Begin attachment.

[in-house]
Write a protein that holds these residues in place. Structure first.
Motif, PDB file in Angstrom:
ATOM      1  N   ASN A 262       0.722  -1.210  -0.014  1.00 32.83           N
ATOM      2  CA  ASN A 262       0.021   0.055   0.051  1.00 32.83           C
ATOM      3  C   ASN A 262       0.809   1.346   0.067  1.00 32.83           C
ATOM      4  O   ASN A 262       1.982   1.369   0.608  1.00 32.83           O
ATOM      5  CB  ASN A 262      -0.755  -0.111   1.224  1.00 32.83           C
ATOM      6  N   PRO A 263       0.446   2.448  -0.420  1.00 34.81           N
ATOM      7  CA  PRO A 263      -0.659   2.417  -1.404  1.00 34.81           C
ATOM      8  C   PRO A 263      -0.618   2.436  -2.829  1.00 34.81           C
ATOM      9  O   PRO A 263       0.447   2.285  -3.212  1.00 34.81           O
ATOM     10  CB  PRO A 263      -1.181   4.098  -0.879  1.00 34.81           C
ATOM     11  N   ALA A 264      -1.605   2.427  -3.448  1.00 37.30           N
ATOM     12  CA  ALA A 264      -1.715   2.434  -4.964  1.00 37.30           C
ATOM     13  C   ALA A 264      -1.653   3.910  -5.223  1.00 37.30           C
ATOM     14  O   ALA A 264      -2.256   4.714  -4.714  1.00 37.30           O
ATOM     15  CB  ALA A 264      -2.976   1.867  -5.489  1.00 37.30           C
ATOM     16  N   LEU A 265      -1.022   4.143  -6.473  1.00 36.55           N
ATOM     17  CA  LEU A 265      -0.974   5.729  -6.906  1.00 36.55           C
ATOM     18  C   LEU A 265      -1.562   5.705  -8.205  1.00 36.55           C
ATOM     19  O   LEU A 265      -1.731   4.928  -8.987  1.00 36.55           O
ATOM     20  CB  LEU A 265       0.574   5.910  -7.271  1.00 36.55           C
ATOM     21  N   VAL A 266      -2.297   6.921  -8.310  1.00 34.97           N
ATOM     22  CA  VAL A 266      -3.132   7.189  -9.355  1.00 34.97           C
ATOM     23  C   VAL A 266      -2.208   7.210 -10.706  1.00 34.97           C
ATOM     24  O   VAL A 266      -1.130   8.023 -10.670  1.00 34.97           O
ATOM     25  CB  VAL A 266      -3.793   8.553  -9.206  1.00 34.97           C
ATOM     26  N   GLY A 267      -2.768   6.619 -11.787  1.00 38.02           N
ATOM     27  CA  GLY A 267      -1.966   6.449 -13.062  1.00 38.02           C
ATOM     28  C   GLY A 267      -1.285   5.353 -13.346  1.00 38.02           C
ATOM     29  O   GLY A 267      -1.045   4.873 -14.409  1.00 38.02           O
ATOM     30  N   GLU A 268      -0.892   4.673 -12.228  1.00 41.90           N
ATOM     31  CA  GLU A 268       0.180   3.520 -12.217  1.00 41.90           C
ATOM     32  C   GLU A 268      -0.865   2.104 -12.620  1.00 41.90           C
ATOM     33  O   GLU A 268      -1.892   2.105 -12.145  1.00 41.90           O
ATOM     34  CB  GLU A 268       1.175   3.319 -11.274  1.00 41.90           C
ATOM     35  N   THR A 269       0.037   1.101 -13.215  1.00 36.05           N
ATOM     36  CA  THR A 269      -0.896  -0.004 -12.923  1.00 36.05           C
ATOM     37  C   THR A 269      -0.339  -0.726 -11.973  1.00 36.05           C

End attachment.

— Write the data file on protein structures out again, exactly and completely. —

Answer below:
[in-house]
Write a protein that holds these residues in place. Structure first.
Motif, PDB file in Angstrom:
ATOM      1  N   ASN A 262       0.722  -1.210  -0.014  1.00 32.83           N
ATOM      2  CA  ASN A 262       0.021   0.055   0.051  1.00 32.83           C
ATOM      3  C   ASN A 262       0.809   1.346   0.067  1.00 32.83           C
ATOM      4  O   ASN A 262       1.982   1.369   0.608  1.00 32.83           O
ATOM      5  CB  ASN A 262      -0.755  -0.111   1.224  1.00 32.83           C
ATOM      6  N   PRO A 263       0.446   2.448  -0.420  1.00 34.81           N
ATOM      7  CA  PRO A 263      -0.659   2.417  -1.404  1.00 34.81           C
ATOM      8  C   PRO A 263      -0.618   2.436  -2.829  1.00 34.81           C
ATOM      9  O   PRO A 263       0.447   2.285  -3.212  1.00 34.81           O
ATOM     10  CB  PRO A 263      -1.181   4.098  -0.879  1.00 34.81           C
ATOM     11  N   ALA A 264      -1.605   2.427  -3.448  1.00 37.30           N
ATOM     12  CA  ALA A 264      -1.715   2.434  -4.964  1.00 37.30           C
ATOM     13  C   ALA A 264      -1.653   3.910  -5.223  1.00 37.30           C
ATOM     14  O   ALA A 264      -2.256   4.714  -4.714  1.00 37.30           O
ATOM     15  CB  ALA A 264      -2.976   1.867  -5.489  1.00 37.30           C
ATOM     16  N   LEU A 265      -1.022   4.143  -6.473  1.00 36.55           N
ATOM     17  CA  LEU A 265      -0.974   5.729  -6.906  1.00 36.55           C
ATOM     18  C   LEU A 265      -1.562   5.705  -8.205  1.00 36.55           C
ATOM     19  O   LEU A 265      -1.731   4.928  -8.987  1.00 36.55           O
ATOM     20  CB  LEU A 265       0.574   5.910  -7.271  1.00 36.55           C
ATOM     21  N   VAL A 266      -2.297   6.921  -8.310  1.00 34.97           N
ATOM     22  CA  VAL A 266      -3.132   7.189  -9.355  1.00 34.97           C
ATOM     23  C   VAL A 266      -2.208   7.210 -10.706  1.00 34.97           C
ATOM     24  O   VAL A 266      -1.130   8.023 -10.670  1.00 34.97           O
ATOM     25  CB  VAL A 266      -3.793   8.553  -9.206  1.00 34.97           C
ATOM     26  N   GLY A 267      -2.768   6.619 -11.787  1.00 38.02           N
ATOM     27  CA  GLY A 267      -1.966   6.449 -13.062  1.00 38.02           C
ATOM     28  C   GLY A 267      -1.285   5.353 -13.346  1.00 38.02           C
ATOM     29  O   GLY A 267      -1.045   4.873 -14.409  1.00 38.02           O
ATOM     30  N   GLU A 268      -0.892   4.673 -12.228  1.00 41.90           N
ATOM     31  CA  GLU A 268       0.180   3.520 -12.217  1.00 41.90           C
ATOM     32  C   GLU A 268      -0.865   2.104 -12.620  1.00 41.90           C
ATOM     33  O   GLU A 268      -1.892   2.105 -12.145  1.00 41.90           O
ATOM     34  CB  GLU A 268       1.175   3.319 -11.274  1.00 41.90           C
ATOM     35  N   THR A 269       0.037   1.101 -13.215  1.00 36.05           N
ATOM     36  CA  THR A 269      -0.896  -0.004 -12.923  1.00 36.05           C
ATOM     37  C   THR A 269      -0.339  -0.726 -11.973  1.00 36.05           C